VIDEO: Paper Template Making – Gingerbread House Series
Designing a Custom Gingerbread House
Whenever I build a custom gingerbread house, the first thing I do is make a sketch and template of the intended design. Tiny houses may be erected out of construction paper like the following template, which can be found here: Gingerbread House Dough Recipe & Baking Instructions.
Larger projects require the use of thicker material like poster board as seen in the following example of the Giant Gingerbread Cookie Castle.
It’s important to be precise and true with measurements when making gingerbread house templates so that the actual cookie parts fit together flush. Tape the finished pieces together to see if the structure is stable in paper form. If it’s not, it probably won’t be stable in cookie form either.
Here is a peek at the template for the Gingerbread Cookie and Icing Waterfall
Here is a peek at the template for the front of the Giant Candy Factory Gingerbread House
Here is a peek at the template for the Cookie Chutes and Tunnels
I’ve found that it helps to make notes about colors or design ideas that you want to remember. Draw where various parts of the structure, such as chimneys or doors, are intended to go. Sketch UP arrows onto the templates so that you don’t accidentally decorate a wall upside down.
Gingerbread House Coding System
I have developed a coding system for keeping track of all the pieces in a gingerbread house, no matter what size the structure.
I label each piece using the following 3-digit coding system: each stack is first identified by a letter, A-E. That letter becomes the first digit in each piece’s code. The second digit represents the floor number so in stack A for instance there is A1 (first floor) A2 (second floor) A3 (roof/attic) and A4 (chimney). The third digit indicates the orientation: F for front-facing, B for back-facing, L or left, or R for right side piece. The floor/ceiling pieces are coded with slashes that represent the levels they are between so for instance, the roof of A1 (also the floor of A2) is coded A1/2 and the roof of A2 (also the floor of A3) is coded A2/3.
Here is an example in which the piece is coded C4F because it is in the C stack on the 4th floor and is a Front-facing piece.
It’s vital to maintain a system like this for large gingerbread house projects or things can get rather confusing.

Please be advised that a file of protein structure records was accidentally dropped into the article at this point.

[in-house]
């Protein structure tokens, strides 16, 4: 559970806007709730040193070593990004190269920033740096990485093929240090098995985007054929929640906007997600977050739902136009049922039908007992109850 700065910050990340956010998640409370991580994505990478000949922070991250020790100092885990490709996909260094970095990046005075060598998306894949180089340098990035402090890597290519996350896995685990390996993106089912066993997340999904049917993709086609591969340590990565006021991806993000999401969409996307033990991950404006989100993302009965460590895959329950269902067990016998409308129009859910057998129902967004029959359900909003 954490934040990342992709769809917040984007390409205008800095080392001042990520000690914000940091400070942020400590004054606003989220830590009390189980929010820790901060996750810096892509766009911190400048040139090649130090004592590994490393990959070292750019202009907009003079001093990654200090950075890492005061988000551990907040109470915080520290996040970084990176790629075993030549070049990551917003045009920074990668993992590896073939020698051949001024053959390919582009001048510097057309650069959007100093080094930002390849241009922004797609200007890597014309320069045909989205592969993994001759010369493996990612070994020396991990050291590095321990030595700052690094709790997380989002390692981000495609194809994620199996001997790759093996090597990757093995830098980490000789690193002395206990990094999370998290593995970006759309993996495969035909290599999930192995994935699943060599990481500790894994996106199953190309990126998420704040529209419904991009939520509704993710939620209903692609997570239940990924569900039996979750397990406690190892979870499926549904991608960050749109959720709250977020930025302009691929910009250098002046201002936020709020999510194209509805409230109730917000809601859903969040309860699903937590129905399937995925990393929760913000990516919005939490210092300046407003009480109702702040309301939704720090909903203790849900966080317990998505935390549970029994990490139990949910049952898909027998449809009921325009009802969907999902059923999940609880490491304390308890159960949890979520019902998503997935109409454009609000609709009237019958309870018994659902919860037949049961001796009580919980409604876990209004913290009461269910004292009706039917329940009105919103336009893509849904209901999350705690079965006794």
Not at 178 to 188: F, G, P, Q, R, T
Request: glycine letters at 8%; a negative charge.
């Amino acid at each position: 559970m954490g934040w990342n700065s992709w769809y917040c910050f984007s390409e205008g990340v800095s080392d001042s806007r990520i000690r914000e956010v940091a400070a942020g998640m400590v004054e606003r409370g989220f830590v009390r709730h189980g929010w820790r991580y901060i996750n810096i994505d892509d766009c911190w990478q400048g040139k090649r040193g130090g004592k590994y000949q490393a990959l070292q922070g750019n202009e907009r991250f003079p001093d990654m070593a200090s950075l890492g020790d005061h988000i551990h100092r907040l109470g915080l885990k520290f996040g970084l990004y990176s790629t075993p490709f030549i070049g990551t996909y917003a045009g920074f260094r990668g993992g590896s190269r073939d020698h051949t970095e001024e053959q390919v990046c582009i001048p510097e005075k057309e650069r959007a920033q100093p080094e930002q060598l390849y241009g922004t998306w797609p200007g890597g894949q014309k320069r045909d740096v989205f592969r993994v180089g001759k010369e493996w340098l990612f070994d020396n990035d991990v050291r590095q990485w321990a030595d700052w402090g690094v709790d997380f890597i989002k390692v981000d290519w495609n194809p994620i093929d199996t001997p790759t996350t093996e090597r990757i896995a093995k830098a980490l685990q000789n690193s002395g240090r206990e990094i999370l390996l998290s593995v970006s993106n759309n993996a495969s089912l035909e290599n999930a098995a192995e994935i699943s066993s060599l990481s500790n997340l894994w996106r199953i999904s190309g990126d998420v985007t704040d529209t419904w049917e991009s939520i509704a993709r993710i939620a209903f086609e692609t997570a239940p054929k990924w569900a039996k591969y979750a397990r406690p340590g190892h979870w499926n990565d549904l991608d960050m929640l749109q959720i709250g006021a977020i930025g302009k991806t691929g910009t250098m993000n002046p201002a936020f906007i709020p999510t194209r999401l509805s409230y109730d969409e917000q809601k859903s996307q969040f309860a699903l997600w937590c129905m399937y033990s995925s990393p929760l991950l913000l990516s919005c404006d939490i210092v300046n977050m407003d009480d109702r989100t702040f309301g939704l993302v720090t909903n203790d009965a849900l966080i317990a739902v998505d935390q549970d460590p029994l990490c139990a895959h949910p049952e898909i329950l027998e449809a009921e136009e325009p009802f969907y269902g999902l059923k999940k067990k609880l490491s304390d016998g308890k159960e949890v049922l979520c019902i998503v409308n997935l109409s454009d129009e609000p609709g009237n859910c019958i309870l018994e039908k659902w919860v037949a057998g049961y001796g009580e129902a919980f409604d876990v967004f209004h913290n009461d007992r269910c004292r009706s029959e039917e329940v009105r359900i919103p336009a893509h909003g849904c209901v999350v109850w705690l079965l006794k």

Free Printable Gingerbread Cookie Templates
Gingerbread Cookie Car Template
Gingerbread Choo Choo Train Template
Gingerbread House Template with Vestibule
Gingerbread House Template with Chimney
The following kit includes a video tutorial on this topic
Gingerbread House Dough Recipe & Baking Instructions
New to Wicked Goodies? Start *HERE*
Next: Cross Stitched Gingerbread House with Free Template
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I taught middle school children for many years and we had to offer a mini class the last 30 minute of each day which kids signed up for. I offered multiple gingerbread house classes, every year, before the Christmas holidays. Needless to say, each class was packed, with boys and girls who wanted to make their own gingerbread house. Since we had limited amount of time, I made the dough at home the night before. Next day, I gave each kid a copy of templates I had made, and enough dough, and they rolled out the dough, cut and labeled their pieces with their name. The wonderful lunch ladies let us use their huge trays and baked them for us that evening. The next few days, kids got creative assembling, and designing their house to take home. It was wonderful to see how creative they got with making people, animals, and shrubbery. Of course, my aid and I stayed long hours to clean the classroom and get rid of all the frosting, dough, and candy, for my next day of teaching. But watching their faces and how proud of their gingerbread houses they were, made it all worth the extra hours and the hard work we put in.